The Wealthy Greek's Contract WifeBy: Penny Jordan
‘SO, what are you going to do, then?’ Charley asked anxiously.
Lizzie looked at her younger sisters, the familiar need to protect them, no matter what the cost to herself, stiffening her resolve.
‘There is only one thing I can do,’ she answered. ‘I shall have to go.’
‘What? Fly out to Thessalonica?’
‘It’s the only way.’
‘But we haven’t got any money.’
That was Ruby, the baby of the family at twenty-two, sitting at the kitchen table while her five-year-old twin sons, who had been allowed a rare extra half an hour of television, sat uncharacteristically quietly in the other room, so that the sisters could discuss the problems threatening them.
No, they hadn’t got any money—and that was her fault, Lizzie acknowledged guiltily.
Six years earlier, when their parents had died together, drowned by a freak wave whilst they were on holiday, Lizzie had promised herself that she would do everything she could to keep the family together. She had left university, and had been working for a prestigious London-based interior design partnership, in pursuit of her dream of getting a job as a set designer. Charley had just started university, and Ruby had been waiting to sit her GCSE exams.
Theirs had been a close and loving family, and the shock of losing their parents had been overwhelming—especially for Ruby, who, in her despair, had sought the love and reassurance she so desperately needed in the arms of the man who had abandoned her and left her pregnant with the adored twin boys.
There had been other shocks for them to face, though. Their handsome, wonderful father and their pretty, loving mother, who had created for them the almost fairytale world of happiness in which the family had lived, had done just that—lived in a fairytale which had little or no foundation in reality.
The beautiful Georgian rectory in the small Cheshire village in which they had grown up had been heavily mortgaged, their parents had not had any life insurance, and they had had large debts. In the end there had been no alternative but for their lovely family home to be sold, so those debts could be paid off.
With the property market booming, and her need to do everything she could to support and protect her sisters, Lizzie had used her small savings to set up in business on her own in an up-and-coming area south of Manchester—Charley would be able to continue with her studies at Manchester University, Ruby could have a fresh start, and she could establish a business which would support them all.
At first things had gone well. Lizzie had won contracts to model the interiors of several new building developments, and from that had come commissions from home-buyers to design the interiors of the properties they had bought. Off the back of that success Lizzie had taken the opportunity to buy a much larger house from one of the developers for whom she’d worked—with, of course, a much larger mortgage. It had seem to make sense at the time—after all, with the twins and the three of them they’d definitely needed the space, just as they had needed a large four-wheel drive vehicle. She used it to visit the sites on which she worked, and Ruby used it to take the boys to school. In addition to that her clients, a small local firm, had been pressuring her to buy, so that they could wind up the development and move on to a new site.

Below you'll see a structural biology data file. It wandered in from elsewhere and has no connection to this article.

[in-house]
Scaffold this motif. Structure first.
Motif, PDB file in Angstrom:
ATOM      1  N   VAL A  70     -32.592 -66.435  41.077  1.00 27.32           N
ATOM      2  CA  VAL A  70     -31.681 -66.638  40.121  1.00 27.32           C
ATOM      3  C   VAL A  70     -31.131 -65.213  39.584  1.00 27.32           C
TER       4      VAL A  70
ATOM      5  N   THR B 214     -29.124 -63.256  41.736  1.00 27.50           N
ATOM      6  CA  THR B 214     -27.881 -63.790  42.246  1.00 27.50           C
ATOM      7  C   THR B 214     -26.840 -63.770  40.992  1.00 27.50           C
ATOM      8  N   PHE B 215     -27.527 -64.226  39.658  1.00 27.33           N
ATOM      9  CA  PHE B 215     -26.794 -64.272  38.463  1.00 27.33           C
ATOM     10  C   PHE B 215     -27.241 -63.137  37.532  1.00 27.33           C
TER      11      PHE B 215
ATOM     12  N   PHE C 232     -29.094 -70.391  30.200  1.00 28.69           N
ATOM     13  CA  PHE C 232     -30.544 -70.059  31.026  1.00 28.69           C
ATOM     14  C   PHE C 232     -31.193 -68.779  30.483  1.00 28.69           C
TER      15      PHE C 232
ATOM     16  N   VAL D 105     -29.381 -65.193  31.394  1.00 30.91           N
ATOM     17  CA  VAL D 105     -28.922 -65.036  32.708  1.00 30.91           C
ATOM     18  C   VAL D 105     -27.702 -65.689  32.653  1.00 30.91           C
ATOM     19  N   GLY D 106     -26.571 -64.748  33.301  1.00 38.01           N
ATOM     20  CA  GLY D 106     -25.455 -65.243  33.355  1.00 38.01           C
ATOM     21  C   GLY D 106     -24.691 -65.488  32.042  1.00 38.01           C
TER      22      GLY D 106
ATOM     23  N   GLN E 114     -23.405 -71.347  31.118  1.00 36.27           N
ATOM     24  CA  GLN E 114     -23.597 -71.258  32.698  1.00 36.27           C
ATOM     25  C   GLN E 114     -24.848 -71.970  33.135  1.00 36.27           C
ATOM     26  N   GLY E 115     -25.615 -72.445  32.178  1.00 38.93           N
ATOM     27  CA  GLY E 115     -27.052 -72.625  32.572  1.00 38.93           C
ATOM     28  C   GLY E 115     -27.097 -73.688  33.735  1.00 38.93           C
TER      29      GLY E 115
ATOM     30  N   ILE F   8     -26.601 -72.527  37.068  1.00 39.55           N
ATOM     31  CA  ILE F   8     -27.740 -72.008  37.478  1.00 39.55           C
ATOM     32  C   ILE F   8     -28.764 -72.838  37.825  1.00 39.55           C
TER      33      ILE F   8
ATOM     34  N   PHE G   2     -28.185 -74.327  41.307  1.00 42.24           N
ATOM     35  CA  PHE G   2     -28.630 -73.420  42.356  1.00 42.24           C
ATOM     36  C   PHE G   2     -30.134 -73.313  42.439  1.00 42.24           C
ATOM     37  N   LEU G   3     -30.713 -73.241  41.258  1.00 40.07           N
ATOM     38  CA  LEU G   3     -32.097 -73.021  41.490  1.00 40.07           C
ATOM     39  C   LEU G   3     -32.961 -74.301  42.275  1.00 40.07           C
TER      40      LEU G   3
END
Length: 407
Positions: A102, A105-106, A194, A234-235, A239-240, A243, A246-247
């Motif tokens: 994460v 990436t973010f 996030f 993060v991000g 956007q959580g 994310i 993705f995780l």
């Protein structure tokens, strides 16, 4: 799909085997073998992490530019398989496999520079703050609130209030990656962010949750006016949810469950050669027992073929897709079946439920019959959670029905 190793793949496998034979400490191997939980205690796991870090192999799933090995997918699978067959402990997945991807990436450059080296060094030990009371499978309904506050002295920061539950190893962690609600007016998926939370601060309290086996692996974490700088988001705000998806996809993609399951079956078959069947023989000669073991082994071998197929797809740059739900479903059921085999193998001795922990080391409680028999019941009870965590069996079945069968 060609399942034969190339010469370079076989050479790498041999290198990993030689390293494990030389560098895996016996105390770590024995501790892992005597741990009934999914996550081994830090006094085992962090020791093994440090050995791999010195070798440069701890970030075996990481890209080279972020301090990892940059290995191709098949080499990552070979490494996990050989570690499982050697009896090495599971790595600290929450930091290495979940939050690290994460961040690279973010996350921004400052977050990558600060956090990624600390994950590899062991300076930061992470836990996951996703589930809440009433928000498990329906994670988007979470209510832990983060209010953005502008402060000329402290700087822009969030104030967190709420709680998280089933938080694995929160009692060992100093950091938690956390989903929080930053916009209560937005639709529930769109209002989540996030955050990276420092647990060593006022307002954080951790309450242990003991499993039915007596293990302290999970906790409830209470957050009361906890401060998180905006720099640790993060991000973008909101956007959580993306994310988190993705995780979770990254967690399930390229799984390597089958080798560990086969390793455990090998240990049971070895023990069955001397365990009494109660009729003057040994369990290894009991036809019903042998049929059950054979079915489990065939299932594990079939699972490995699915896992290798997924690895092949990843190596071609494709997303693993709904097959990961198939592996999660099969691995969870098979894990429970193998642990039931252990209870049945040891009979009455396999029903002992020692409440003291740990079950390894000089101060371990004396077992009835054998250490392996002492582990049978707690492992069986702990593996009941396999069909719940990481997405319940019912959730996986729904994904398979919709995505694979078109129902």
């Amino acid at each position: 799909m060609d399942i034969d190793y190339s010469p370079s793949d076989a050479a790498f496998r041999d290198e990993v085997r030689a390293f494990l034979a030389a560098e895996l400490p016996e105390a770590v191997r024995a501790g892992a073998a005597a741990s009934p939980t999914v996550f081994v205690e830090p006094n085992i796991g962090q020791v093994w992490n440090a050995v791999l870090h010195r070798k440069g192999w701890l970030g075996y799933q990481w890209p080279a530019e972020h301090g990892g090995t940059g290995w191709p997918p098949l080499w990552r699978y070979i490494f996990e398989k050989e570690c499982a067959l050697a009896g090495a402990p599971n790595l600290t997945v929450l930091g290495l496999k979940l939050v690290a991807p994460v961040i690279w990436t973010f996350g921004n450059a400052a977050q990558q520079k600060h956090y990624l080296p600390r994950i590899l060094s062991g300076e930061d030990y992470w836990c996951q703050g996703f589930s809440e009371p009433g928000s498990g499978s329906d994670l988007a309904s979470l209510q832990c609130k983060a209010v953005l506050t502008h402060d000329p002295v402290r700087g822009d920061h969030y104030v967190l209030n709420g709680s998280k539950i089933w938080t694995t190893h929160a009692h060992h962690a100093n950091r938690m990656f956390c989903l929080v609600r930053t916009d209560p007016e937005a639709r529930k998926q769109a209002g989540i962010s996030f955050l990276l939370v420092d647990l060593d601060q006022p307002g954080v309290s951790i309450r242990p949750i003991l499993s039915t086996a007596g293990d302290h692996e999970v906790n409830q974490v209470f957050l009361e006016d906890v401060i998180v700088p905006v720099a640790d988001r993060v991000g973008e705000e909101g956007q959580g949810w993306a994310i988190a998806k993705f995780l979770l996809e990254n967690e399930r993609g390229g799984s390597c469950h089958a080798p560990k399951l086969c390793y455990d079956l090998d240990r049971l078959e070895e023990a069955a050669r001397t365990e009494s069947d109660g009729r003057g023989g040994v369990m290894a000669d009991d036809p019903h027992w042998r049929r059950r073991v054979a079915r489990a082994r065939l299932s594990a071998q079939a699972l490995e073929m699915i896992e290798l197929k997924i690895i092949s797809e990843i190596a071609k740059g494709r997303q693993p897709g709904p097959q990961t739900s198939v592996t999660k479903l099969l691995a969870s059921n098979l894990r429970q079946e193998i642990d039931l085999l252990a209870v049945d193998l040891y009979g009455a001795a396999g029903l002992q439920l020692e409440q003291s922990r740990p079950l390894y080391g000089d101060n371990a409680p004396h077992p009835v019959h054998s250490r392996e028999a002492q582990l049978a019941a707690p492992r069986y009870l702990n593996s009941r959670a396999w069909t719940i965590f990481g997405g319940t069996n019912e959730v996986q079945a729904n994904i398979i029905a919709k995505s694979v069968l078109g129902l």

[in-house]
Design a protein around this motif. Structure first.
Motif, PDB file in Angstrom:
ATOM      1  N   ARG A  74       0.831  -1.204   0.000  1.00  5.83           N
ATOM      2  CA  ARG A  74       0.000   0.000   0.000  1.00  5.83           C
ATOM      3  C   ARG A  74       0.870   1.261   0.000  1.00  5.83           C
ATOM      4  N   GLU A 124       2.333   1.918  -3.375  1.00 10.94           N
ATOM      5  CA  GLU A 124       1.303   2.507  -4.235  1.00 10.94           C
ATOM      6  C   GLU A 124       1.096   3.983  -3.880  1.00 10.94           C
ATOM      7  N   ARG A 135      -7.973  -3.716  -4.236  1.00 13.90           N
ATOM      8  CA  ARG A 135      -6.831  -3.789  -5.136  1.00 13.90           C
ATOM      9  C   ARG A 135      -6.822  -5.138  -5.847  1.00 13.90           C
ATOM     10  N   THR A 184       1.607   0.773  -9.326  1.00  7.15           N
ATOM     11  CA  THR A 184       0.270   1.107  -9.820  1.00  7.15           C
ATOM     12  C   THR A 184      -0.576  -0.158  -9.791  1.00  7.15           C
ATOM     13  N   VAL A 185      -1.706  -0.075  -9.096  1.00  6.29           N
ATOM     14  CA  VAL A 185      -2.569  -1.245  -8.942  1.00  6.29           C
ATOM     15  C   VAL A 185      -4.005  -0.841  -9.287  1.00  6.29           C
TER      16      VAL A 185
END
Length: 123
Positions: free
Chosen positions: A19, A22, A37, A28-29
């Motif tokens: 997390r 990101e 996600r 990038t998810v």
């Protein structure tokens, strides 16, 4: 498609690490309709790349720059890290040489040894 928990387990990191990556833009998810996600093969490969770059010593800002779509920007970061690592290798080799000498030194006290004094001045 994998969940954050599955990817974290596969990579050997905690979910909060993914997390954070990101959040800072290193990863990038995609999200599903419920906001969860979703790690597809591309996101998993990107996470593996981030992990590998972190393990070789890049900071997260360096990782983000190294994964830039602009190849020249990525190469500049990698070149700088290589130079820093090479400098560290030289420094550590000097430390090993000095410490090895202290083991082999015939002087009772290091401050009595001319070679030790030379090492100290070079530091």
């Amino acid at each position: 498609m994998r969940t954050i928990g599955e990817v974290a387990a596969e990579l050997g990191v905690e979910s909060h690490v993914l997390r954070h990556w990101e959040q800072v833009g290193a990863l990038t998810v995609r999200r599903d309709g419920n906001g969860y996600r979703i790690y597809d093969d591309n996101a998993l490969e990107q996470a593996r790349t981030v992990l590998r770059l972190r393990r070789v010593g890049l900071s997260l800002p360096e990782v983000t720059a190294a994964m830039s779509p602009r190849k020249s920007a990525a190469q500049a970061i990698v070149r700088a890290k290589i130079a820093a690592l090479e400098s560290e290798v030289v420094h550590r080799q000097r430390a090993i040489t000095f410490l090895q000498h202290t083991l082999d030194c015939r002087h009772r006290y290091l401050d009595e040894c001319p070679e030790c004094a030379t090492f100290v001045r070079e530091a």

But then had come the credit crunch, and overnight almost everything had changed. The bottom had dropped out of the property market, meaning that they were unable to trade down and reduce the mortgage because of the value of the house had decreased so much, and with that of course Lizzie’s commissions had dried up. The money she had been putting away in a special savings account had not increased anything like as much as she had expected, and financially things had suddenly become very dark indeed.
Right now Charley was still working as a project manager for a local firm, and Ruby had said that she would get a job. But neither Lizzie nor Charley wanted her to do that. They both wanted the twins to have a mother at home, just as they themselves had had. And, as Lizzie had said six months ago, when they’d first started to feel the effects of the credit crunch, she would get a job working for someone else, and she still had money owing to her from various clients. They would manage.
But it turned out she had been overly optimistic. She hadn’t been able to get a job, because what industry there was in the area geared towards personal spending was shedding workers, and with the cost of basics going up they were now struggling to manage. They were only just about keeping their heads above water. Many of her clients had cancelled their contracts, and some of them still owed her large sums of money she suspected she would never receive.